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In an effort to provide those who visit this site with up-to-date information regarding  events or stories of interest happening within the diocese, the Secretariat for Communications researches and prepares articles and news releases. 

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Permanent Deacon Ministry in Action – Tom Bousamra, Catholic Chaplain

08/02/2009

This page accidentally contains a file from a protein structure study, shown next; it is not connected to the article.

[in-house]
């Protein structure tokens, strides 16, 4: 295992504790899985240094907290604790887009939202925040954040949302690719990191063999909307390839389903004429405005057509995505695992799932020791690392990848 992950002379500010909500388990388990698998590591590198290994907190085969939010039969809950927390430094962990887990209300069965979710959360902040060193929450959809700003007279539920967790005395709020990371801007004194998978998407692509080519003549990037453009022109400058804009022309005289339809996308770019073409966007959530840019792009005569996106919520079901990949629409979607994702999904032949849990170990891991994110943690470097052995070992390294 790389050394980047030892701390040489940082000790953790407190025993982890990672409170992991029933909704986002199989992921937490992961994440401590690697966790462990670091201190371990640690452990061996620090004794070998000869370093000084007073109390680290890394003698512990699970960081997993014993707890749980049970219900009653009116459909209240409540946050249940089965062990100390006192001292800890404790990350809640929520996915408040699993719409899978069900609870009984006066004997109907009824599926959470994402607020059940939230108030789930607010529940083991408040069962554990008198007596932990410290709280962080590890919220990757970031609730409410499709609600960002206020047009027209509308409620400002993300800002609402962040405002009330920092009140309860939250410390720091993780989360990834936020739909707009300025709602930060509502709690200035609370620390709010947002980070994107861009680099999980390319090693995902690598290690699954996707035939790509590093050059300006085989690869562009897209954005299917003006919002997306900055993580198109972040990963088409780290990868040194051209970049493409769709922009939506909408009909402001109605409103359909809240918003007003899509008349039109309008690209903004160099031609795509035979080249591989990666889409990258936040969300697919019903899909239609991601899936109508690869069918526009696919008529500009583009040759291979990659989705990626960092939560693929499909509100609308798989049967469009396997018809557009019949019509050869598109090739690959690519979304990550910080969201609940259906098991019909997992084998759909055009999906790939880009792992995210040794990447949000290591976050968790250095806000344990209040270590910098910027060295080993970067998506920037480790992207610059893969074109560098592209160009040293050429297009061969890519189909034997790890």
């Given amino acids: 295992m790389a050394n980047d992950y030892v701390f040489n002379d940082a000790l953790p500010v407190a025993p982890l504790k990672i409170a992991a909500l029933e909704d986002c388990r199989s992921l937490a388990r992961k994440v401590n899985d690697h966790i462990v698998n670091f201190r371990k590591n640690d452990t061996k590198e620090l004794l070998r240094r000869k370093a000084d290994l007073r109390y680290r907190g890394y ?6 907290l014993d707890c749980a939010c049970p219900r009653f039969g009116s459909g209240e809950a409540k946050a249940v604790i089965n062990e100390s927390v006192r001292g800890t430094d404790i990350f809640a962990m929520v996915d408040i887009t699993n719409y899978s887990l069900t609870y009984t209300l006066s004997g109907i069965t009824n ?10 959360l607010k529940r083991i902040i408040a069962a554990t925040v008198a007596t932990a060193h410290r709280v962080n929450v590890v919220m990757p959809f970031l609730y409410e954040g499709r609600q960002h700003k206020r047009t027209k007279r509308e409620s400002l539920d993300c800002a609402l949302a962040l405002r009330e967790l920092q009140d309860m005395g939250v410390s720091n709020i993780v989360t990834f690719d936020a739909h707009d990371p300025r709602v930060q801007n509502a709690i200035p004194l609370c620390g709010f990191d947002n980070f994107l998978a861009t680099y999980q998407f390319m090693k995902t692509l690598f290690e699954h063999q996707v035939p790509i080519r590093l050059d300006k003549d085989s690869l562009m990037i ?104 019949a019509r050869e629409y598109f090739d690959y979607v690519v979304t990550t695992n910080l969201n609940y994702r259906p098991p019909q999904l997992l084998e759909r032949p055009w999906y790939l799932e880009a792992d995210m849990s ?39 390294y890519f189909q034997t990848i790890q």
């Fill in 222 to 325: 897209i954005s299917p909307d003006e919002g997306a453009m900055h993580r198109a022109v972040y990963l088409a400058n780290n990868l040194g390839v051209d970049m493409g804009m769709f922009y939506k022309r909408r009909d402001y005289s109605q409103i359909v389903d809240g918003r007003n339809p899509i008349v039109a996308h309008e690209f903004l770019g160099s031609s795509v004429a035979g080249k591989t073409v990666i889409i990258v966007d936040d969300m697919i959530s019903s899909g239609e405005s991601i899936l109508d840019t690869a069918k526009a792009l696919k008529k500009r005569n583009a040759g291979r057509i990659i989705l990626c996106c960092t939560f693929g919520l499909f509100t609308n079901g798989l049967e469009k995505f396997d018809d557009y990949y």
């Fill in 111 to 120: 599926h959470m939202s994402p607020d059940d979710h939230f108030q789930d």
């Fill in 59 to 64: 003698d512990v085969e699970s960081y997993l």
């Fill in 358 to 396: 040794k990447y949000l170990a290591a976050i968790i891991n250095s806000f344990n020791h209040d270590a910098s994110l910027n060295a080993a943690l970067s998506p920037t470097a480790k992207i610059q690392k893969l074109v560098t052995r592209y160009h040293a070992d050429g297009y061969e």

Since the fall of 2003, when Bishop Patrick R. Cooney announced a formation program for laymen called to be permanent deacons, he has been promoting the ministry of these dedicated church leaders. Permanent deacons are men who are ordained by the bishop for service to the people of God within the diocese. They are committed to a life of spirituality and prayer as well as action and advocacy within their communities. Deacons, whether serving in parishes or in secular ministries, fulfill a variety of roles. They are primarily models of justice and servants of those in need. They proclaim the “Good News” both in word and deed through preaching, teaching, witnessing and assisting at the altar of worship. The following article was written by Deacon Tom Bousamra. He has taught language arts for 36 years at both the junior and high school levels and is currently employed at West Senior High School in Traverse City. His wife Mary Jane is also a teacher. Of his three children and their spouses, five are school teachers and the sixth is a probation officer – a true “helping profession” family. Deacon Bousamra is currently assigned by Bishop Cooney as Catholic Chaplain at Grand Traverse County Jail. For most of my twenty-three years as a deacon, I have been the all-around parish deacon serving in many capacities – youth group coordinator, high school catechist, deacon/director of Camp Sancta Maria (in Gaylord), Confirmation catechist, Baptism prep catechist, marriage prep counselor, homilist and other duties as assigned. I received the Diocesan Youth Minister of the Year award in 1989. At that time, I was helping to raise three teenagers of my own, teaching teens during the day, guiding teens in the Confirmation program, coordinating youth ministry at the parish, and directing a staff of thirty-five adolescence at summer camp with responsibility for 400-500 campers each summer. Several years earlier, while a member of Immaculate Conception parish, the pastor, associate pastor and I were rotating duties at Grand Traverse County Jail on Sunday mornings, providing “Catholic Services.” Within the year, I became the main Catholic minister at the jail relieving the two priests of some of their Sunday “busyness.” I offered to do this because I enjoyed being with the inmates on Sunday mornings, and it offered a different alternative to the steady work with young people. I also found it rewarding to come back to the jail an evening or two each week to call an occasional inmate out of his/her cell for a one-on-one discussion. On Sunday mornings my wife and I usually attend 8:00 a.m. Mass. After Mass, I take Eucharist, my guitar, a lectionary and music books, and head over to the jail facility, which usually houses between 150-175 inmates. A dozen or two people usually respond to the deputy’s announcement about “Catholic Services” and assemble in the control room area. It takes about ten to fifteen minutes for all participants to gather, since some must pass through three or four electronically operated doors before getting to the area, where they sit in a semicircle around a table. We begin with a hymn, listen to the readings of the Sunday, respond with music, homily, prayers of petition, the Lord’s Prayer and the handshake of peace. The Catholics in the group have an opportunity to receive Eucharist followed by some quiet prayer time and a closing hymn. When their singing is strong, I tease them with the chance to “get out on tour.” In the ten minutes or so after the service, I pass out cookies and a list for those wishing a personal visit, and we generally just chat. At all times, I am aware of the need to treat these people with dignity. I find Sunday mornings at the jail to be very prayerful. After “framing” our purpose and introducing myself, I ask for first names. From the first hymn until the last, I always find the inmates focused and prayerful. I sometimes invite them to share reflections after my homily, but they most frequently have a petition to offer during the Prayers of the Faithful. They are hungry for good news, and this fact makes them all the more ready for the gospel message. In my homilies and prayers I emphasize God’s forgiveness, the hope they can have, and the important role each has been given as a baptized Christian to build the Reign of God...yes, even in jail. They come from all walks of life – students, doctors, judges, mothers, mechanics, etc. I may see someone in the pew next to me one week and in “my congregation” the next. It is important for the parish to pray for the brothers and sisters whose problems have temporarily exiled them from the larger community. The folks I see in the jail are most often decent people whose lives have spun out of control. The disease of drug or alcohol addiction is often the cause. Of course, there are many other issues churning within people that if not dealt with and confronted honestly can eventually get the better of them. Society deals with these, of course; and people find themselves enmeshed in the judicial process. Inmates can serve up to a year in jail, and sometimes their entire sentence is served in county jail. In my mentoring work with inmates, I try to get them to see the important work they have to do to while in jail – to prepare themselves to be back again with family and friends as productive members of society. I am often surprised by what the Holy Spirit is able to accomplish in these sessions. For my part, I just listen and try to help sort through the experiences related. Most inmates who are away from relationships, family, work, etc. are painfully anxious while in jail. Their self-esteem rises just by my showing interest in them as people. If I am a good listener and able to promote candid dialogue, sometimes I have a sense that they have made a breakthrough in their thinking or awareness of their life situation. This is always very rewarding. From time to time I receive a letter from an individual who tells me how his/her life has turned around. Occasionally I see former inmates in places of business around town and they share what is currently happening in their life. From these encounters, I have come to appreciate more fully how God works in our lives through all the things that happen to us, good or bad. He is not done with any of us. We are all works in progress. Because of the limited access to the jail facility and consequent inability to involve others in this ministry, I may be among the few who are aware of the good work that the Holy Spirit does in these inmates who often strive to respond in faith while incarcerated. To many, and even to themselves, inmates’ lives sometimes appear to be “on hold” while in jail. Shame and loneliness eat away. I know that it was to just such of these that Jesus was present, preaching and healing. The harvest is great, and I am pleased to be a worker in service to the least of our brothers and sisters. Being a deacon always feels right when I am at jail. Rarely do I go away without the words “There but for the grace of God go I” echoing in my mind.